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Been There Done That, You?

November 12, 2012

I finally read Michael Pollan’s In Defense of Food. It’s full of a lot of information that supports his opening (and closing) statement: Eat food. Not too much. Mostly plants.”.

Eat food is well explained. After all,it would be pretty normal to think, I HAVE been eating food! But no, like Velveeta, we haven’t. Much of what has been in our diet the past 20 years is not “food”  but “food products” containing a minimum of 51% of what you THINK you are eating and a whole lot of other things too.

Because of changes in the way the United States permits commercial farming and food production, much….maybe I could even same MOST… of the stuff you can buy in the supermarket lost a lot of its natural nutrition. For example, the apple we eat today typically does NOT have the same nutritional content that an apple had 100 years ago. Like the newer larger apple, we have become accustomed to eating MORE, getting more calories but not necessarily more nutrition.

From the land not being treated well so nutrition is no longer obtained through the soil in the quantities it was only 2 or 3 generations ago to the way grains are processed in almost all offerings so the germ is processed out, food just doesn’t reach us the same way.

He uses a package of Go-Gurt portable yogurt as an example.  Granny would never recognize it as yogurt, And you believe it is. I know I bought plenty for my kid to pack for lunch years ago, thinking I was doing great to give him something healthy. And yes, there is some yogurt in there. There is also high-fructose corn syrup, modified corn starch, kosher gelatin, carrageenan, tricalcium phosphate, nature and artificial flavors, vitamins and more..let alone what goes into “berry bubblegum”. Or what makes it “glow in the dark.”

So, just as you get really really scared about what you have been doing in the hope of providing good food choices for your family and yourself, Pollan makes suggestions:

1. Don’t eat anything your grandmother would not recognize.

2. Avoid food products that have ingredients that are unfamiliar, unpronounceable,   more than 5 in number and includes high-fructose corn syrup.

3. Avoid food products that make health claims. If the announcement is made that the product is good for you, be skeptical that the testing was not in your best interest but the manufacturer’s business interest. Since 2002, the FDA even has had a new term called “qualified” approval which sounds like someone with superior credentials tested something and found it worthy. However, it is about the opposite, meaning it is not fully supported by testing. And think people…if the Frito-Lay corn chips say they provide an ingredient that is part of a healthy diet, wonder what that ingredient is and how to obtain the diet so it can be healthy. And one more consideration:    if it advertises added vitamins and minerals that are healthy…wonder why they had to be ADDED. And consider the other items included in that food product that you are throwing into your diet and your body.
4. Shop the peripheries of the supermarket and stay out of the middle. The middle aisles are where the priocessed food is and the peripheries have the produce, dairy and meats. Actually since I’ve been shopping at The Wild Ramp Market, I only go to the supermarket to get cleaning supplies and paper towels and only a few ingredients needed to complete some recipe.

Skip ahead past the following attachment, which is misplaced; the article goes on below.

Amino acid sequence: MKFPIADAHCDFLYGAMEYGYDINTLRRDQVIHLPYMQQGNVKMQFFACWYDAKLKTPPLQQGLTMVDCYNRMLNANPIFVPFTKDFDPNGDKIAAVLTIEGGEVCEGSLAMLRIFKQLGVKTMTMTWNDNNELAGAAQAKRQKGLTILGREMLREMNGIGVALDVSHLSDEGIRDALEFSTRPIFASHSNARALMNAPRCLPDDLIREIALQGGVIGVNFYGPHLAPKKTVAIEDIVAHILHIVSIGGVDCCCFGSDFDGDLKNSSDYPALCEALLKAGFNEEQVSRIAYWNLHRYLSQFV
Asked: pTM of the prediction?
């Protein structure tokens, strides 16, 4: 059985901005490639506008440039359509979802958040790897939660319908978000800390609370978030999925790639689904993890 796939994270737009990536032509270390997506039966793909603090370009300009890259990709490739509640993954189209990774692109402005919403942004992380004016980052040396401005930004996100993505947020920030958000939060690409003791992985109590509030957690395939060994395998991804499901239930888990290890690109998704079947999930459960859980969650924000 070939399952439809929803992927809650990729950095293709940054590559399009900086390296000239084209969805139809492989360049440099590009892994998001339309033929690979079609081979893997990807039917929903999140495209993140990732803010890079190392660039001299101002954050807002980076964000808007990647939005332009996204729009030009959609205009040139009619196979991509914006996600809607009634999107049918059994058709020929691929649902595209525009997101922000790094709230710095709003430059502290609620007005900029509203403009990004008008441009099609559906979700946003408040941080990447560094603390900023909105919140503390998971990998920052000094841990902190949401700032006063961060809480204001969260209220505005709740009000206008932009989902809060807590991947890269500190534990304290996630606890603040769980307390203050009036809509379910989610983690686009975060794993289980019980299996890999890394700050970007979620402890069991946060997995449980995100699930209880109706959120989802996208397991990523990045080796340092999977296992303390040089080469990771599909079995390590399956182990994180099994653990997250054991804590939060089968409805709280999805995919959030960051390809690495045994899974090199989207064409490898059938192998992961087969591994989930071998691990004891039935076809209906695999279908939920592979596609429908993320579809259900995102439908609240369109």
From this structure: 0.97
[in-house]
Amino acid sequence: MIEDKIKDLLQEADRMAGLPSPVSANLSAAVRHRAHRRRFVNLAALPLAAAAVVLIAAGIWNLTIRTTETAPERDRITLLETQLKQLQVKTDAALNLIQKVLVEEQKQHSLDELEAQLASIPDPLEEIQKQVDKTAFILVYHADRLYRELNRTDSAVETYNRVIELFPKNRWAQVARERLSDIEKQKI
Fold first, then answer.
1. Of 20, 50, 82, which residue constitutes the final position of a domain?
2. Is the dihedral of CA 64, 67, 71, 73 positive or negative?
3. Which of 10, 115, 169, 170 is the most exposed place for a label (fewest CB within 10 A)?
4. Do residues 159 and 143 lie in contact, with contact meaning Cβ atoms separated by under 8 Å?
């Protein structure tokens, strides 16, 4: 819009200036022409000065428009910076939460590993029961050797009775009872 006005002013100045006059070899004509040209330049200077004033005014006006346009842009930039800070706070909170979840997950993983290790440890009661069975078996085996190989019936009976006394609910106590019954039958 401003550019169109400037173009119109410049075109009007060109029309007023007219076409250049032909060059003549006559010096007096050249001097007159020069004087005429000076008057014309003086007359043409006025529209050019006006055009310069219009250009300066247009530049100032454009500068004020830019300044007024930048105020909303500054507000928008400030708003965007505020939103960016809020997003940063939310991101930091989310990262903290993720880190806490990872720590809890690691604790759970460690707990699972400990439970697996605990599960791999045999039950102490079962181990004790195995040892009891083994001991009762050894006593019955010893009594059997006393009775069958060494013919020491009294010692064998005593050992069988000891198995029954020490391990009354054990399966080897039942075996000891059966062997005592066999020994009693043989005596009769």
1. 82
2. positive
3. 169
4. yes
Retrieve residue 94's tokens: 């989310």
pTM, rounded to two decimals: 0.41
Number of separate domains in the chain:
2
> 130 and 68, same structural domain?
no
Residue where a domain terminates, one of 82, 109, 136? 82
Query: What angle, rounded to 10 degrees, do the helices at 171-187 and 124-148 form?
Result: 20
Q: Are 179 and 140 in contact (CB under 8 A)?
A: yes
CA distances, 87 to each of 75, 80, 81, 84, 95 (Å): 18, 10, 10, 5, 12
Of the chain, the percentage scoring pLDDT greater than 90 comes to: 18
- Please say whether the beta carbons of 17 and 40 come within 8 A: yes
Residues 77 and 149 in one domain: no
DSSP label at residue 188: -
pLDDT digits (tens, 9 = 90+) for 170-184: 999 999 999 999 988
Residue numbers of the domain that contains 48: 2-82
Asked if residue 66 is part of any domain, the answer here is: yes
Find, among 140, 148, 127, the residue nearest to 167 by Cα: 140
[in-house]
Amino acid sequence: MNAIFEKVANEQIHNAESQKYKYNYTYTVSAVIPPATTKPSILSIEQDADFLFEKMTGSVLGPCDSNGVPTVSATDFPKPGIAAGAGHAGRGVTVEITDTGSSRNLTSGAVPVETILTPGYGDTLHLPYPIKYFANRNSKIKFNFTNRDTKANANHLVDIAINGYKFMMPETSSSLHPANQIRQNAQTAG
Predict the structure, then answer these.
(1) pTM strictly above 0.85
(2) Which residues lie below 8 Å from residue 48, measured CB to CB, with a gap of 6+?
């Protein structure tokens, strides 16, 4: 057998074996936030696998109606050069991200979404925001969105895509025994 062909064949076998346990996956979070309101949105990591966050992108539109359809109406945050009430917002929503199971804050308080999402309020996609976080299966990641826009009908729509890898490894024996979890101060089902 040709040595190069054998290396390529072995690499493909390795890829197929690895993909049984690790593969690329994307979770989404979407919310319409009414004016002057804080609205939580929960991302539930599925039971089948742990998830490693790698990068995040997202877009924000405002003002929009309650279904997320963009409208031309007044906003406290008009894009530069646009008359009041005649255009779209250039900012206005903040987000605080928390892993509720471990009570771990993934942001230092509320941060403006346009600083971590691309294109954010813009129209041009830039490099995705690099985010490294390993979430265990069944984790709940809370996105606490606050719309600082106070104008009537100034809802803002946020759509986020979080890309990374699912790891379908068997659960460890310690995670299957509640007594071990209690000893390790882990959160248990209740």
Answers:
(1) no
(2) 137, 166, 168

5. Get out of the supermarket. Yup…go to the Wild Ramp or the farmers’ market in season, or make an arrangement with a local farmer for a CSA (Community Supported Agriculture) box and purchase your meat directly from the farm.

To find out what he means by “Not too much” and “Mostly plants” go borrow a copy of the book from the local library. As soon as the Wild Ramp Community Room is finished, there will be a small lending library there also which will contain this book as well as others you might find informative and life changing.

4 Comments leave one →
  1. November 12, 2012 10:59 pm

    Love all of Pollan’s books. He is such a wealth of information and he makes it all so interesting. Was “In Defence” the one where he mentions the green teeth? LOL

    • November 13, 2012 10:02 am

      Yeah! Amazing that the guy with the green teeth had no decay!

  2. November 13, 2012 7:07 pm

    I read this book when it came out – by then, I’d pretty much had my epiphany about “real” food via my interest in Salatin’s methods, so I was already a convert, but the pithy line on the front cover really sticks in my brain and makes it easy for me to focus any discussion I get into about this issue.

    When we were preparing for a Hallowe’en party a couple of weeks ago, my daughter needed ingredients for a pudding parfait. We got lost in the grocery store, since neither of us knew where to look for pudding mix! We got pointed in the right direction by a store clerk and then got mired in the sheer variety – cooked, instant, pie filling (pudding pie???). I couldn’t believe it’s only been 7 years since I bought stuff like this all the time. But it’s true. I guess I’ve come further than I realized.

    • November 14, 2012 12:18 pm

      I’ve noticed a major difference in the freezer section from the time I first started grocery shopping to now. I remember as a kid that once or twice a year, in order to watch some movie (like the Wizard of Oz) that came on only once a year, my mom would pop aluminum foil trays for a “tv dinner” in the oven and we would eat them on small portable tables in the living room. Now, frozen meals are so varied that I am not surprised that many people do not learn to cook. But there are two factors that they need to consider, especially if they really like that microwaved meal: 1. it is full of chemicals that the real thing does not contain and 2. the real thing tastes a whole lot better!

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